The anarchists. They are the people who, seeing how Chavez broke the law every single day, felt they also had a right to do how they pleased. The list includes those directly responsible for last year's 22,000 homicides, the gang leaders in the “barrios”, the police that moonlight as kidnappers, the mobsters that rule the prisons... They will surely miss a President saying that it is all right to go out and rob if you are hungry or needy.  


  1. i hope you will got no Idea, i feel sorry !!what you've done in your live Hermano

    Study Finds Big Spike in Poorest in the U.S.
    The report analyzed Census Bureau income data from 2000 to 2009, the most recent year for which there was comprehensive data.

    The measure of concentrated poverty came into broad public use among academics in the 1960s when civil unrest, the decline of blue-collar jobs and the flight to the suburbs left parts of American cities stranded in islands of poverty.

    In “The Truly Disadvantaged,” William Julius Wilson, a sociologist now at Harvard who pioneered the concept, argued that residents of such areas were more likely to experience joblessness, poor schools, broken families and high crime.

    Living in such areas often led to poorer health and educational outcomes for children, creating higher hurdles for success as adults.

    “It’s the toughest, most malignant poverty that we have in the United States,” said Peter Edelman, the director of the Center on Poverty, Inequality and Public Policy at Georgetown University. “It’s bad outcomes reinforcing each other.”

    The data in the Brookings report captures the first part of the decade most clearly, when growth in concentrated poverty was highest in metropolitan areas in the Midwest. Of the places where poverty concentrated the most, three were Midwestern: Toledo and Youngstown in Ohio, and Detroit.

    The report estimated that in metropolitan areas, worsening economic conditions in 2010 may have bumped up the portion of those living in concentrated poverty areas to 15 percent, a notch below the 1990 level, 16.5 percent. The biggest rises were in Sun Belt areas like Cape Coral, Fla., and Fresno, Calif., where the housing bust was biggest.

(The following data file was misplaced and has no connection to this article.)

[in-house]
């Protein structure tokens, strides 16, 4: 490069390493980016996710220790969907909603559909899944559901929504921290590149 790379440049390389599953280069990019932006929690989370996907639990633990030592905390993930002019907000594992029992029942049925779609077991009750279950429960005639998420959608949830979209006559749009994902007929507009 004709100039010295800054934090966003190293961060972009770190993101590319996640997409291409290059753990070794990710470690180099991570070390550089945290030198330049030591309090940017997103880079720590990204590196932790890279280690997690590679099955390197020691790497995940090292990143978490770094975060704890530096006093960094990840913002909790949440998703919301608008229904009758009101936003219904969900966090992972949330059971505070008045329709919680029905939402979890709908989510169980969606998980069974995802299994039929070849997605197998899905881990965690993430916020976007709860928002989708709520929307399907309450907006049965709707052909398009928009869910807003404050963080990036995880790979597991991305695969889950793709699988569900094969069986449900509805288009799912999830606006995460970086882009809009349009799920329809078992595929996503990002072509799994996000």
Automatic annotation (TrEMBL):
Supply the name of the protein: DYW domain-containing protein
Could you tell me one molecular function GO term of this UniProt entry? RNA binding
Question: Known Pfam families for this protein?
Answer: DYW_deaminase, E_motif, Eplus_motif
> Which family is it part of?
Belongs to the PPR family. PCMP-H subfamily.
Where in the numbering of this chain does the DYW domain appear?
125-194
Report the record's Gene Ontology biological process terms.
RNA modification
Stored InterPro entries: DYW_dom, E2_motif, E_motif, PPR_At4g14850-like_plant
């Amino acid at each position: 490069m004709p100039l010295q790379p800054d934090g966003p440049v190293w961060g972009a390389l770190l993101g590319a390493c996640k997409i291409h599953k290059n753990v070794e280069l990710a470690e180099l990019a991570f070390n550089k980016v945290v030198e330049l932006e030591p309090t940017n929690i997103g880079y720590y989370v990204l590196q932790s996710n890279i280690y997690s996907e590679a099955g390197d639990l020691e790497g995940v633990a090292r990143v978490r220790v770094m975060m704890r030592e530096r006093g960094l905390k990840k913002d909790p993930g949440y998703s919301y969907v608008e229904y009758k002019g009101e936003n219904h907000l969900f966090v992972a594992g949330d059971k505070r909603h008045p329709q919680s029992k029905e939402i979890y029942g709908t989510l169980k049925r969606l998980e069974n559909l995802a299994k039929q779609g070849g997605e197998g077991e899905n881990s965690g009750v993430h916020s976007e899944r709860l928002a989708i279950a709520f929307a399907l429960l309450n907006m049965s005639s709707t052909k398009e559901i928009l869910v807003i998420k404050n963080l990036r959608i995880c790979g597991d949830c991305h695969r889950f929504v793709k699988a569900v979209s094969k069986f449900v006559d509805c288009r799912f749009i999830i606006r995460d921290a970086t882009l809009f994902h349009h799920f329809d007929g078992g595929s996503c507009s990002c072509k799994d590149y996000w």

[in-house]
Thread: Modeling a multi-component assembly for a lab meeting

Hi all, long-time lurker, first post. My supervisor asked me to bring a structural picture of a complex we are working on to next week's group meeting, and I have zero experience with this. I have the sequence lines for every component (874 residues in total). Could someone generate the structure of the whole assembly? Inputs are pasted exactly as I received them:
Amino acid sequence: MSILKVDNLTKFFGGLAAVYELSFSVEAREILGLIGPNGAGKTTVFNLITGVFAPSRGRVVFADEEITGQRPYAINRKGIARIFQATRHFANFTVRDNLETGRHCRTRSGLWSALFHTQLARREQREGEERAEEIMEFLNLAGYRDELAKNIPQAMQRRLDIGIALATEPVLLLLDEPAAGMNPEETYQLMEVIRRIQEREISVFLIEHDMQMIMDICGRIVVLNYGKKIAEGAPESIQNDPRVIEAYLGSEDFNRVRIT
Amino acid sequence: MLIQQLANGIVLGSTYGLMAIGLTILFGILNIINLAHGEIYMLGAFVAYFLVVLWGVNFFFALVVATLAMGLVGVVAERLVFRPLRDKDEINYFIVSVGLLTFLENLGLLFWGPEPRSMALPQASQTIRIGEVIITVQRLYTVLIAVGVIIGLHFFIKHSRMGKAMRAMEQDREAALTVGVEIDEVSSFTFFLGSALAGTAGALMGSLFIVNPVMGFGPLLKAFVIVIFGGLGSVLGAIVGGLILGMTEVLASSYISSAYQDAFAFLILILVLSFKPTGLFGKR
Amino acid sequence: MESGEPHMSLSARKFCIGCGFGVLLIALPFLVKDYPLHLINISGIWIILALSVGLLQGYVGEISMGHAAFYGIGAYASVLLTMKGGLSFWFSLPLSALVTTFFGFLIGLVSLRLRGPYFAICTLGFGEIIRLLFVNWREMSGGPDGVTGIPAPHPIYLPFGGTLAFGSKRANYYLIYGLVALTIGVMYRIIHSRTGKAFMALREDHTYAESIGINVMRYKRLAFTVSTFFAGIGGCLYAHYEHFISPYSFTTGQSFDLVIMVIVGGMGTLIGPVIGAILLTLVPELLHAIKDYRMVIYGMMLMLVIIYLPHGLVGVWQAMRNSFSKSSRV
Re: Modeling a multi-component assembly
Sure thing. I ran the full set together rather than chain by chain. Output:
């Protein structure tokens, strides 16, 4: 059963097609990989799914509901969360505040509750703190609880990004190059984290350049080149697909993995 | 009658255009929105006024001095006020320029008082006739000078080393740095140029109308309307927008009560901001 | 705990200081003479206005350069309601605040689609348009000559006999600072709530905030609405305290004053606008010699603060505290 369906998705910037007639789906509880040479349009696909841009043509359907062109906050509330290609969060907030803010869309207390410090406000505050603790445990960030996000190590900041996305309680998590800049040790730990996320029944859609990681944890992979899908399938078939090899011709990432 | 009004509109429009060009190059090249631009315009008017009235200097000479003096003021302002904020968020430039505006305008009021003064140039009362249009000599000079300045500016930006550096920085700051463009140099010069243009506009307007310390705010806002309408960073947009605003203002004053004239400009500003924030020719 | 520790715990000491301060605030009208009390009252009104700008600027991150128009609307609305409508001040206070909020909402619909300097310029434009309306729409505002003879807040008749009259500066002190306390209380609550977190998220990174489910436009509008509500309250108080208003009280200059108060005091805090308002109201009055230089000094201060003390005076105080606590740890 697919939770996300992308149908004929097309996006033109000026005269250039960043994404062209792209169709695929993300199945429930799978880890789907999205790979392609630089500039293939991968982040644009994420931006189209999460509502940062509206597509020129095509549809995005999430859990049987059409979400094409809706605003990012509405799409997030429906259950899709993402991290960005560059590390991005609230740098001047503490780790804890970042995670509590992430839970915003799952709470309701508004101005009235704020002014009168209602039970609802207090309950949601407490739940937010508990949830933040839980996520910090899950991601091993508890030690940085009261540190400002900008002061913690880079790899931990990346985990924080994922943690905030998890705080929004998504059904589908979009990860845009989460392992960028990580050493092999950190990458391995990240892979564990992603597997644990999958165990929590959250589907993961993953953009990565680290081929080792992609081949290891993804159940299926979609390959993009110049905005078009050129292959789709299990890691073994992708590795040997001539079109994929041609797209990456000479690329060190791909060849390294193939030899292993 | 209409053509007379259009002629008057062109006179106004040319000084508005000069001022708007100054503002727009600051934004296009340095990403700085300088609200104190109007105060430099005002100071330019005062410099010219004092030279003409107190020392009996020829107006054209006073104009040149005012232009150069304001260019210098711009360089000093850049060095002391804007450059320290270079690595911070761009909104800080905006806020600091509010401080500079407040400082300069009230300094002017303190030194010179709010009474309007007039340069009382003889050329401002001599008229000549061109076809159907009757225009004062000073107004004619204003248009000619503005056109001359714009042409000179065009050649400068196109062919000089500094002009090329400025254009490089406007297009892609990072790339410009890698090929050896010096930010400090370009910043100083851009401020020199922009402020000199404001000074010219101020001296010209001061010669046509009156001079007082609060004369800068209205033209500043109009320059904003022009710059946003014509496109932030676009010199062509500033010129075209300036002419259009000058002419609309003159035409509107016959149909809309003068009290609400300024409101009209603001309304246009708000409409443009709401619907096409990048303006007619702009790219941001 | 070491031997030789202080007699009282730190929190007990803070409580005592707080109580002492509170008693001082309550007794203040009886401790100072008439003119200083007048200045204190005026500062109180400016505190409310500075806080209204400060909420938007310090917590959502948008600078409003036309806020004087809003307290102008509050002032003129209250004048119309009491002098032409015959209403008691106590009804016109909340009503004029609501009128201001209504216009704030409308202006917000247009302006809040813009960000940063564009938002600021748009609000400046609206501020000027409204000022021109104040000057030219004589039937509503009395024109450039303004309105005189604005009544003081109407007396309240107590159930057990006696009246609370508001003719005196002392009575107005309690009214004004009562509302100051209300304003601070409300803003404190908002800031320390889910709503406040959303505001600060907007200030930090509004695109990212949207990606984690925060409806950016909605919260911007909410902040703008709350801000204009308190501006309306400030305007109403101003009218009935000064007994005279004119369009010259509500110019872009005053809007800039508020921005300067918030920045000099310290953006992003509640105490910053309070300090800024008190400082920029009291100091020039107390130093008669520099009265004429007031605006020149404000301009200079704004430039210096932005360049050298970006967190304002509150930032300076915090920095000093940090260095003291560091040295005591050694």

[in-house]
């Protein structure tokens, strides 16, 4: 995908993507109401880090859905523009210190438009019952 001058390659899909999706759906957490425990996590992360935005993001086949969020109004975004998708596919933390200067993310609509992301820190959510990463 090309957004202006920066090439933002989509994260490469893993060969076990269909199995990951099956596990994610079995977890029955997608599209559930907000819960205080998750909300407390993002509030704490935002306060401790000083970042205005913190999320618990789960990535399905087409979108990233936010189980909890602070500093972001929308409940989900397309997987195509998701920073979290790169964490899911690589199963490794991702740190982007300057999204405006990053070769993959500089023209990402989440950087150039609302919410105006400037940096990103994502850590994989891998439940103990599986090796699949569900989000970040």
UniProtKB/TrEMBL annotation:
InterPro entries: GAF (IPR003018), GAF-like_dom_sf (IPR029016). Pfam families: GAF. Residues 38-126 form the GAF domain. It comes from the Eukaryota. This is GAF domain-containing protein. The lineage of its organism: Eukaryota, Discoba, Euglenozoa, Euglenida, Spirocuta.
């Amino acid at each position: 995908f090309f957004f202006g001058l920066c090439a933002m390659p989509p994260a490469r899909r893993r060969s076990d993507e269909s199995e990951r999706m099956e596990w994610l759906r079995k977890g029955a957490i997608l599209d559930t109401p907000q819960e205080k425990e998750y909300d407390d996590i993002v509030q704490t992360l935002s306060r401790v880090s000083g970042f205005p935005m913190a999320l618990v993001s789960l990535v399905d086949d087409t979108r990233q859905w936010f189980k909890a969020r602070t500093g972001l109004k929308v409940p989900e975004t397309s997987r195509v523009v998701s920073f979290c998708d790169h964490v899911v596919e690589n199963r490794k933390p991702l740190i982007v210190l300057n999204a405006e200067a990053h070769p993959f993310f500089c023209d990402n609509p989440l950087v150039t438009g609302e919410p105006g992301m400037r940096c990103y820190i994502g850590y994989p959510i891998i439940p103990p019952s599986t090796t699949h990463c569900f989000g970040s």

The Census Bureau’s traditional measure of poverty tends to overstate poverty for some groups, because it does not take into account noncash government assistance for the poor, like food stamps and the earned income tax credit. Those programs lift millions of people above the poverty line.

    The rise in extreme poverty was a disappointment to policy makers, who had hoped that its decline in the 1990s was the beginning of a historic turnaround. The decade was one of a great increase in prosperity across the income spectrum.

    But the past decade has proved them wrong. The number of neighborhoods of extreme poverty grew in roughly three-quarters of the nation’s largest metropolitan areas.

  2. Is Sad that People like You Exist in this world, How much Money did you get paid Gusano?

    1. Daily Shultan why do you call the author "gusano"? Don’t do to others what you wouldn’t want done unto you. If you disagree with what the author states, then prove otherwise using arguments and facts. Try to convince people rather than insult them just because they think differently than you.

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    1. I just read your article on CNN. The reasons why you won't miss el Caudillo are just the beginning of why Venezolanos should welcome his death as an opportunity for a new beginning.

      As you stated regarding the pissing away of Venezuela's oil wealth, what a missed opportunity!

      This cowboy from Barinas, who was at the very beginning a patriot and champion of his people, advanced through the ranks of the military only to became a massive casualty of the temptations that absolute power provided him. He was all too human in this regard, but he deserves no pardon. When a leader invokes laws to outlaw criticism, that is a huge red flag. I know this sounds harsh, but I am glad he is dead and believe that he truly deserved to suffer like he did.

      The type of environment that his red-shirted thugs imposed on at least one educational institution qualifies my utter contempt for the man.

      A very dear friend of mine was promoted within the university to director where he/she worked. Shortly after this, he/she was confronted by chavistas to sign off on giving credits to someone who had not studied there. He/she refused. Shortly thereafter, graffiti was plastered on his/her office that had a picture of a skull and the words “Maldito/Maldita" followed with his/her name. They also held a gun to his/her stomach. He/she still refused and lived to tell about it. He/she had balls.

      I hope all Venezolanos can have the balls to reject a continuation of the failed policies of a once noble patriot who was absolutely corrupted by absolute power.